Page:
Home Pricing Scruples

Last summer, I interviewed to list a nice, albeit a bit quirky north metro Atlanta home. The seller insisted that the home was worth 25% more than the market indicated it was. In trying to “sell me” on an unrealistic value, he ignored the market data and effectively told me that if I couldn’t get on board with his price, he’d find an agent who could. I knew he would have no problem fining a willing agent.

The “winning” agent in this case simply acquiesced and listed the home at the seller-dictated price. Predictably, the over-priced home languished on the market for several months and, after multiple price reductions, it sold for less than 75% of its initial list price. This pricing disaster started with an obstinate seller; it was, however, fueled by an opportunistic agent…

iBuyer – The Cost of Convenience

This article was inspired by a recent conversation with one of my Lynwood Park neighbors. She wondered why everyone wouldn’t just sell to an iBuyer rather than list their home with an agent.

The “iBuyer” is the latest thing in residential real estate. An iBuyer (short for “instant buyer”) is a company that will make an on-the-spot, cash offer to buy your home at a guaranteed price. iBuyers offer liquidity and convenience – you receive a market price for your home, close on the date you select and avoid the time and inconvenience associated with listing and selling the home. Because iBuyers purchase with cash, they can close quickly. Sounds awesome; so what’s the catch?

The Double Dip Commission Conflict

Most home sellers understand the traditional real estate commission structure. The Listing Agreement provides for half of the (typically 6%) total commission to be paid to an agent bringing a buyer. If the buyer has no agent, however, the listing agent is entitled both sides – the entire 6% commission. The “double dip” opportunity built into the customary commission structure holds the potential for a serious conflict of interest between the listing agent and his/her client where there are two or more competing offers on the home. Don’t get sold out by your agent!

13 Curb Appeal Tips to Sell Your Home (Fast)

The home selling season (also known a “Spring”) is right around the corner. Selling a home is all business; details matter and “curb appeal” is critical. The exterior is the first and perhaps the most lasting impression buyers will get of your home. Great curb appeal can give your property a distinct edge over its competition. Here are 13 of our most cost-effective curb appeal suggestions. These “bang for the buck” tips will help to sell your home in shortest time and at the highest price.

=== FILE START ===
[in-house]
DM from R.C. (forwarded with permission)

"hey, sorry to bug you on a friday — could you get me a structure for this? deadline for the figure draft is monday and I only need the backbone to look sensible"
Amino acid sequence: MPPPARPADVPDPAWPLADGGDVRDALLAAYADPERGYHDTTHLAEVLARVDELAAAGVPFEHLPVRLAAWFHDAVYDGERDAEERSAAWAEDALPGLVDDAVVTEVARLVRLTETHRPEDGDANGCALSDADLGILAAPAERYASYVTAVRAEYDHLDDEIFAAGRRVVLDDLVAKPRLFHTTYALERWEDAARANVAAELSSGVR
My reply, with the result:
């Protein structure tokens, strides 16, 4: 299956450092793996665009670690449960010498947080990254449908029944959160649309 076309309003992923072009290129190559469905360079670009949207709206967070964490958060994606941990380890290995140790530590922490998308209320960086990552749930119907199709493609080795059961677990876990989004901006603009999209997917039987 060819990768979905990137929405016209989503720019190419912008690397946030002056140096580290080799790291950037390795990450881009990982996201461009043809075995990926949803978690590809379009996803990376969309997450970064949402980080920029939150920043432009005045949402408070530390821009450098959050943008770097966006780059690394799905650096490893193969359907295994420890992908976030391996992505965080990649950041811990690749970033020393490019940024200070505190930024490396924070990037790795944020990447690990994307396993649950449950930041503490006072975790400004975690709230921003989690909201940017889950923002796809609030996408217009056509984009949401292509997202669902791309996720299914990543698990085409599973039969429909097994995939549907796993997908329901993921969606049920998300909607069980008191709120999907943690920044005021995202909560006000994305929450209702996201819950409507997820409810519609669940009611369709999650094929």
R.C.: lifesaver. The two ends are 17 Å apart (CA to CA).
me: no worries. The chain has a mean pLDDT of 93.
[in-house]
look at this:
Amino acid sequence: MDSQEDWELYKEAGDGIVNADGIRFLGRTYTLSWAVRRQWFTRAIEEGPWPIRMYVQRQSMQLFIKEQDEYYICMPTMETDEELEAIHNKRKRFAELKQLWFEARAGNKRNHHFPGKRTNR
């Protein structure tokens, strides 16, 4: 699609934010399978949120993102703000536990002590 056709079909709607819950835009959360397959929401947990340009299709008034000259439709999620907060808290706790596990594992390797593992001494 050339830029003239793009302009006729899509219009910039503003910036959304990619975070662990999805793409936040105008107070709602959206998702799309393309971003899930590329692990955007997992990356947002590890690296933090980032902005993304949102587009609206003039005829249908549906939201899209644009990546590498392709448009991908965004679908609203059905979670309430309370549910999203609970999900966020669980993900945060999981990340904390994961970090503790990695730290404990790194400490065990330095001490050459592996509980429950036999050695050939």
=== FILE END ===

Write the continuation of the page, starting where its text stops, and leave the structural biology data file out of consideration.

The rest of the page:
Six Reasons Why FSBOs Fail

A recent study shows that more than 2/3 of By-Owner sellers (FSBOs) end up listing with an agent. Marketing and selling a home is like any business; if you are not immersed in it day-to-day, you won’t have the knowledge, experience or resources to do it well. Moreover, you won’t know what you don’t know. This reality can be costly in terms of both time and money. These are the top six reasons why FSBOs fail.

Here Comes the Gold Rush

Sustained strength in the real estate market brings out the career changers. You can almost hear it: “I’ll get my real estate license and all my friends will use me.” Sadly, the real estate industry has trained consumers to commoditize real estate services, opening the door for social connection to become a proxy for experience and competence, and the default criterion for choosing a Realtor. Consider the cost of misguided loyalty in one of your most important legal, financial and lifestyle undertakings.

Understanding Seller Disclosure Requirements

Anyone who has bought or sold a home is familiar with the Seller Property Disclosure Statement form. The form is designed to guide sellers in disclosing to prospective buyers known property defects. The form, a detailed checklist, gives the impression that Georgia law imposes a high seller disclosure standard. The disclosure standard is actually very limited; in fact, the law places a high degree of responsibility on the buyer to inspect the home.